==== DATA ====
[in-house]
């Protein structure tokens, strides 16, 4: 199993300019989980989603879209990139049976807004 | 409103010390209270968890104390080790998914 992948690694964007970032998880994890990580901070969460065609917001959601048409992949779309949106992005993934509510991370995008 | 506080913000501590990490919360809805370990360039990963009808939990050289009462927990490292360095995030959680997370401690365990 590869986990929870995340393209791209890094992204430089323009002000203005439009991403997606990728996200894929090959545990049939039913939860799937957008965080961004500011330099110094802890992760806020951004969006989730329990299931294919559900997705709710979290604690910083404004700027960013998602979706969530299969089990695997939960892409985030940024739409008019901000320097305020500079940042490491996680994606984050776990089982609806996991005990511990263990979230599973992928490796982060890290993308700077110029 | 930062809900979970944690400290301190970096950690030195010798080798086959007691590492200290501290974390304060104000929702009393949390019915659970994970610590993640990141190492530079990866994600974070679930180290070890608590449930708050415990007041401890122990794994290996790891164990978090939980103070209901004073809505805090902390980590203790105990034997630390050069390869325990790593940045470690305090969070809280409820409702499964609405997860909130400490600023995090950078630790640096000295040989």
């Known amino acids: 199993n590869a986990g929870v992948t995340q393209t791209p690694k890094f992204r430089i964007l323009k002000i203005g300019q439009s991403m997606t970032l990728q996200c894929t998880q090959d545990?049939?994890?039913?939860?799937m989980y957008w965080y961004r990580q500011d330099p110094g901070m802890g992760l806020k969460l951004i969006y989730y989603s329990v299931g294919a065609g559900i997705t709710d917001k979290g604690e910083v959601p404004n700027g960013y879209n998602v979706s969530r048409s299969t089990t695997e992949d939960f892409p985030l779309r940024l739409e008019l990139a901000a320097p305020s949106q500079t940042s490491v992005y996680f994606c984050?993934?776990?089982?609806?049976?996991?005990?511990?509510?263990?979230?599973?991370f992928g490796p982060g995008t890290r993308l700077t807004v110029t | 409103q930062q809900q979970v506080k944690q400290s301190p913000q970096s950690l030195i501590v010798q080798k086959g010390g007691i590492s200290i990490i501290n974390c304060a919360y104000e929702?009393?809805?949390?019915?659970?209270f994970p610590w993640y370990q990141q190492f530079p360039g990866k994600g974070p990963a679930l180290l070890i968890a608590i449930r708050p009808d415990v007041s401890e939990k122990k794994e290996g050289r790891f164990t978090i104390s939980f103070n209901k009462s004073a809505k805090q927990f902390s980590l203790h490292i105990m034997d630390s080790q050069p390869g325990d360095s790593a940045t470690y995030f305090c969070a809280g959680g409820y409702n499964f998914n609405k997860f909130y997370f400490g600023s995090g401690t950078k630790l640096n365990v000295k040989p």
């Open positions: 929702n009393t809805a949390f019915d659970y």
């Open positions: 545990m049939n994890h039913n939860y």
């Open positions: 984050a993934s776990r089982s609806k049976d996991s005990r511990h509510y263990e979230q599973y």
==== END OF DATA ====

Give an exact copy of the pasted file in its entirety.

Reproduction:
[in-house]
């Protein structure tokens, strides 16, 4: 199993300019989980989603879209990139049976807004 | 409103010390209270968890104390080790998914 992948690694964007970032998880994890990580901070969460065609917001959601048409992949779309949106992005993934509510991370995008 | 506080913000501590990490919360809805370990360039990963009808939990050289009462927990490292360095995030959680997370401690365990 590869986990929870995340393209791209890094992204430089323009002000203005439009991403997606990728996200894929090959545990049939039913939860799937957008965080961004500011330099110094802890992760806020951004969006989730329990299931294919559900997705709710979290604690910083404004700027960013998602979706969530299969089990695997939960892409985030940024739409008019901000320097305020500079940042490491996680994606984050776990089982609806996991005990511990263990979230599973992928490796982060890290993308700077110029 | 930062809900979970944690400290301190970096950690030195010798080798086959007691590492200290501290974390304060104000929702009393949390019915659970994970610590993640990141190492530079990866994600974070679930180290070890608590449930708050415990007041401890122990794994290996790891164990978090939980103070209901004073809505805090902390980590203790105990034997630390050069390869325990790593940045470690305090969070809280409820409702499964609405997860909130400490600023995090950078630790640096000295040989």
């Known amino acids: 199993n590869a986990g929870v992948t995340q393209t791209p690694k890094f992204r430089i964007l323009k002000i203005g300019q439009s991403m997606t970032l990728q996200c894929t998880q090959d545990?049939?994890?039913?939860?799937m989980y957008w965080y961004r990580q500011d330099p110094g901070m802890g992760l806020k969460l951004i969006y989730y989603s329990v299931g294919a065609g559900i997705t709710d917001k979290g604690e910083v959601p404004n700027g960013y879209n998602v979706s969530r048409s299969t089990t695997e992949d939960f892409p985030l779309r940024l739409e008019l990139a901000a320097p305020s949106q500079t940042s490491v992005y996680f994606c984050?993934?776990?089982?609806?049976?996991?005990?511990?509510?263990?979230?599973?991370f992928g490796p982060g995008t890290r993308l700077t807004v110029t | 409103q930062q809900q979970v506080k944690q400290s301190p913000q970096s950690l030195i501590v010798q080798k086959g010390g007691i590492s200290i990490i501290n974390c304060a919360y104000e929702?009393?809805?949390?019915?659970?209270f994970p610590w993640y370990q990141q190492f530079p360039g990866k994600g974070p990963a679930l180290l070890i968890a608590i449930r708050p009808d415990v007041s401890e939990k122990k794994e290996g050289r790891f164990t978090i104390s939980f103070n209901k009462s004073a809505k805090q927990f902390s980590l203790h490292i105990m034997d630390s080790q050069p390869g325990d360095s790593a940045t470690y995030f305090c969070a809280g959680g409820y409702n499964f998914n609405k997860f909130y997370f400490g600023s995090g401690t950078k630790l640096n365990v000295k040989p």
């Open positions: 929702n009393t809805a949390f019915d659970y």
């Open positions: 545990m049939n994890h039913n939860y």
């Open positions: 984050a993934s776990r089982s609806k049976d996991s005990r511990h509510y263990e979230q599973y």